I have a very simple, interesting, and likely eye-opening fact about your body for you. It’s actually a central tenet of Functional Health: your body functions best when it can work like it’s meant to.
Yep, that’s it. Told you it was simple.
Don’t let the simplicity fool you though--this simple principle has major implications. It is the singular basis for how and why most painful conditions and injuries occur (trauma notwithstanding). And more importantly, it provides the rationale for how to fix or, even better, how to avoid such problems in the first place.
Your Body is a Machine
First, to further explain the general idea, you have to understand that your body is essentially a piece of mechanical piece of equipment. With a typical machine, breakdown is typically the result of parts failure, abuse, and/or lack of proper maintenance, right? Well, it’s no different with your body, whereby pain and injury--a.k.a breakdown--are the direct result of dysfunctional parts, overuse, and lack of maintenance (e.g. exercise). So put in the proper context, the idea that malfunction eventually leads to breakdown isn’t all that radical. What’s radical is the realization that that concept applies just as much to your body as to actual machines.
The Consequences of Mechanical Dysfunction
Now, considering how intricately designed your body is, it’s no leap to say that any deviation from such a brilliant design is going to come with consequences. Those consequences typically boil down to two main things: less efficiency and higher injury potential.
“Less efficiency” just means that it takes more energy to perform the same movement. Walking with crutches is a perfect example of that. When you break your leg (i.e. have a dysfunctional part), you have to walk with crutches (i.e. function in a way that you’re body was not designed to), which takes a lot more energy than walking normally (i.e. is less efficient). (For those keeping score, it generally takes 2-3 x more energy to walk with crutches! No wonder you start sweating after just walking from the kitchen to the living room...)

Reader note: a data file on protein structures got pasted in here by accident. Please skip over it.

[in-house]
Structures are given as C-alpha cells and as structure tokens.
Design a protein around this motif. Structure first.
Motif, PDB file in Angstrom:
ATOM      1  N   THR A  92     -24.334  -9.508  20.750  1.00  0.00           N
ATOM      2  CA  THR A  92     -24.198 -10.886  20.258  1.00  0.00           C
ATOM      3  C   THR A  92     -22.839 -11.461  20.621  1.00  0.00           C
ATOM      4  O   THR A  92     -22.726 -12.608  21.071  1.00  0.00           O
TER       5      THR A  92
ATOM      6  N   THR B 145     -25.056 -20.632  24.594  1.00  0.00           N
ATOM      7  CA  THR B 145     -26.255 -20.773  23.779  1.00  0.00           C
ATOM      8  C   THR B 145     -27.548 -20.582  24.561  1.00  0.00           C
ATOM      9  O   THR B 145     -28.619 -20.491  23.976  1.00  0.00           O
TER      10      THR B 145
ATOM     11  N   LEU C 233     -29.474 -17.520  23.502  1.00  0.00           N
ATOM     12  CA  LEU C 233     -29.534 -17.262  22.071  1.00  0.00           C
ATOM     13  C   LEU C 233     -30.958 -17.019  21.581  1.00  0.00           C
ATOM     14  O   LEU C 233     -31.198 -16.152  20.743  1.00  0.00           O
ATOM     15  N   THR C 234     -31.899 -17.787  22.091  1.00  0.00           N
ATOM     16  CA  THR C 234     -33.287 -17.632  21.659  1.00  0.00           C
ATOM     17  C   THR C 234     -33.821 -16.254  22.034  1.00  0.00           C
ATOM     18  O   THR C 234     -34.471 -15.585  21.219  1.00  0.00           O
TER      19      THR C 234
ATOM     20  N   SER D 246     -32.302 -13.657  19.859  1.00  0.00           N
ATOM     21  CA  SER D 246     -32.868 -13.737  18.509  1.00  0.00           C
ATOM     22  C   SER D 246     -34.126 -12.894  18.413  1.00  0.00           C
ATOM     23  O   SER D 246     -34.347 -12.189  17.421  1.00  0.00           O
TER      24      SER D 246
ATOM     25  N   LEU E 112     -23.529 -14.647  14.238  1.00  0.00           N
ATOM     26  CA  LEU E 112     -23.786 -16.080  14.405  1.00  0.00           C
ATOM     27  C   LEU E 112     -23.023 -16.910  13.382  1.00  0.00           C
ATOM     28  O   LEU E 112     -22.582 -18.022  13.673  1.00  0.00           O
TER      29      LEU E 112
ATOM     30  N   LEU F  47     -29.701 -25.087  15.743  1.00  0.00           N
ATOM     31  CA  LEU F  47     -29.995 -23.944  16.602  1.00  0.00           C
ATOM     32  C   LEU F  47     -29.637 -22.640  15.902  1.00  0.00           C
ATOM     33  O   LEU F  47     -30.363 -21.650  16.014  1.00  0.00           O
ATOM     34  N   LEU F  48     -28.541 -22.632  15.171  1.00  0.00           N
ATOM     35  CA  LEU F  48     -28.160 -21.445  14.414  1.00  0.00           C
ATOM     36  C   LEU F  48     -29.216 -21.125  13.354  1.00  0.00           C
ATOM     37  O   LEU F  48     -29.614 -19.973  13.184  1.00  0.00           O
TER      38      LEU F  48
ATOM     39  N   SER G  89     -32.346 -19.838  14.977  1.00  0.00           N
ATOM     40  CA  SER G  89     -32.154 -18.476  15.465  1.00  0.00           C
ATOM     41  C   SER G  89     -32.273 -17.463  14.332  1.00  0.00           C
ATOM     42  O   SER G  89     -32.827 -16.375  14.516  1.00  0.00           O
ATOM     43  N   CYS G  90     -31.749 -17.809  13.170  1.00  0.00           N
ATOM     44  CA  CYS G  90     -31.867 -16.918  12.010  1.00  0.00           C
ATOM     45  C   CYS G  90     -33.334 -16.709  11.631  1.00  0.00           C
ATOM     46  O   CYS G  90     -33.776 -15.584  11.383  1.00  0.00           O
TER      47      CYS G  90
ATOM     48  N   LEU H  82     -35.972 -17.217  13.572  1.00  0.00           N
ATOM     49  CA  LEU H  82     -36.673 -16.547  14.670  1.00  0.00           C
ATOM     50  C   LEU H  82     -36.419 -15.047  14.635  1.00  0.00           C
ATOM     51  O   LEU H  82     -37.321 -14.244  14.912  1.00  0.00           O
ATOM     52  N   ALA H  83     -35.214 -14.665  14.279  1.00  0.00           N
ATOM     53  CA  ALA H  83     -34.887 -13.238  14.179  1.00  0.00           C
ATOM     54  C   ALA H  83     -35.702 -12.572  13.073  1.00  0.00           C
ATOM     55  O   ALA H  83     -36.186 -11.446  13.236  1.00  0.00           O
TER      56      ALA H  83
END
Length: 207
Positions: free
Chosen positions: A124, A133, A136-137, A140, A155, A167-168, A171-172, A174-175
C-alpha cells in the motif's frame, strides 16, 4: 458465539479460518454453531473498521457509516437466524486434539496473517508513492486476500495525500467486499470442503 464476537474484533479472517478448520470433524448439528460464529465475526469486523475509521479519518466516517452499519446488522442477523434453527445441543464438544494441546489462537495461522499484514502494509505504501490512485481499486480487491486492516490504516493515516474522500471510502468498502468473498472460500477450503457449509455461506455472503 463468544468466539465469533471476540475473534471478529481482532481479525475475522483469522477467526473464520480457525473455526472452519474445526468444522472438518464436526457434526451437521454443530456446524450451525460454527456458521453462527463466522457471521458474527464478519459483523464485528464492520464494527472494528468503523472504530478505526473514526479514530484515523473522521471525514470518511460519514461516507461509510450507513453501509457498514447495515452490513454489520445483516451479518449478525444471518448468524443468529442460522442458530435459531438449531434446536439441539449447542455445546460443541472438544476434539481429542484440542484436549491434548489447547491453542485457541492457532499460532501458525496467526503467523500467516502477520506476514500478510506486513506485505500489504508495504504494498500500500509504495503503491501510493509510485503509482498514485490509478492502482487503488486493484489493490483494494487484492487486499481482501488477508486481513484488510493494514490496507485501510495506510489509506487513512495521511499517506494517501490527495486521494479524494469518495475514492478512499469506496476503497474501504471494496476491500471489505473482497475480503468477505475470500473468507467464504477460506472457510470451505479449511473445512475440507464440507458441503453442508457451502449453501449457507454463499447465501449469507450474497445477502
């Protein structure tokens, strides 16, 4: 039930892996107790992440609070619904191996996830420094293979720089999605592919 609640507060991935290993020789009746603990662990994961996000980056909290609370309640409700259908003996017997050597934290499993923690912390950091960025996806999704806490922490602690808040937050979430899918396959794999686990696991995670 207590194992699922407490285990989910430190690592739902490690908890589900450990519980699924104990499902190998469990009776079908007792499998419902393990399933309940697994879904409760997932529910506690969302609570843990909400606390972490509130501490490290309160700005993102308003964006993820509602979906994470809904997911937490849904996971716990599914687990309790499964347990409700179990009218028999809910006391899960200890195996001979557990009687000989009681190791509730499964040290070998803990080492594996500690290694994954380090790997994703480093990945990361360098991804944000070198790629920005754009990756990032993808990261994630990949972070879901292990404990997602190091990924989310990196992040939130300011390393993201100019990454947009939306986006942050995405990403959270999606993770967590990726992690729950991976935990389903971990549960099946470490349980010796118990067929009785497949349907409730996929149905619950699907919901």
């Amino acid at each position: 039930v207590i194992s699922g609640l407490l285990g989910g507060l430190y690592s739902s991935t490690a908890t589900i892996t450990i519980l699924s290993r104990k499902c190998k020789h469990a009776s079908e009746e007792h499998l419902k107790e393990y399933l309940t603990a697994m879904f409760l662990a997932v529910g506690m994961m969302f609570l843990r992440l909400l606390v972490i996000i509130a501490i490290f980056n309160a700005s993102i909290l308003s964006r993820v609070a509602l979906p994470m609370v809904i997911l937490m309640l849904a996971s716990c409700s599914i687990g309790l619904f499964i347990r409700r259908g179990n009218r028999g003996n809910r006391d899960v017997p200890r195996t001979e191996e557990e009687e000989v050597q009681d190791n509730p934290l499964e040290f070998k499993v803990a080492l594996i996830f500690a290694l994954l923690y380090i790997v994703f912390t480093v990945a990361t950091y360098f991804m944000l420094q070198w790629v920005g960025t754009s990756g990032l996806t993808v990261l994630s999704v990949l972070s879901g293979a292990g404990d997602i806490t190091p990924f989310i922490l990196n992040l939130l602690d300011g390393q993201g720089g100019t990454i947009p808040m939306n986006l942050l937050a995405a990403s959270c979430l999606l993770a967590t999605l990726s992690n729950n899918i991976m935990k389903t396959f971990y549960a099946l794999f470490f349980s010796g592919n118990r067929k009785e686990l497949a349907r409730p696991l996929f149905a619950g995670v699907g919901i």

Regarding the second consequence, someone walking on crutches also has a higher risk of injury. They could develop a muscle strain due to the increased effort, knee problems from the increased stress of hopping on the healthy leg, or could even fall due to being off balance with crutches. The inescapable bottom line is that when things aren’t working right, the body is more prone to injury.
And the dysfunction doesn’t even have to be something as dramatic as a broken leg. Trying to run with a strained hamstring, brush your hair with a frozen shoulder, or walk with an arthritic hip are all more difficult than performing those same tasks with body parts that are functioning normally. And the risk of further injury, involving those same body parts or other ones, is increased. Pretty much anything other than “normal” function simply makes activities more effortful and injuries more likely.
Obviously the severity of the consequences vary with the degree of the dysfunction, but the basic premise always holds true: your body works best when it’s allowed to work as designed. The natural extension of that tenet, of course, is that when your body can’t work like it was designed to, you're just asking for trouble.
Good to Know, But So What?
While these insights might make for interesting discussion, the more important issue is what can you do with this information. Fortunately (or perhaps unfortunately...), this information is wildly practical because physical malfunction is responsible for most back, neck, elbow, knee and other joint pain, not to mention ankle sprains, overuse injuries and just about every other physical malady. The list of malfunction-related conditions is almost endless. Unfortunately, this article isn’t....so I’ll offer just a common example that illustrates the applications. Low back pain fits that bill.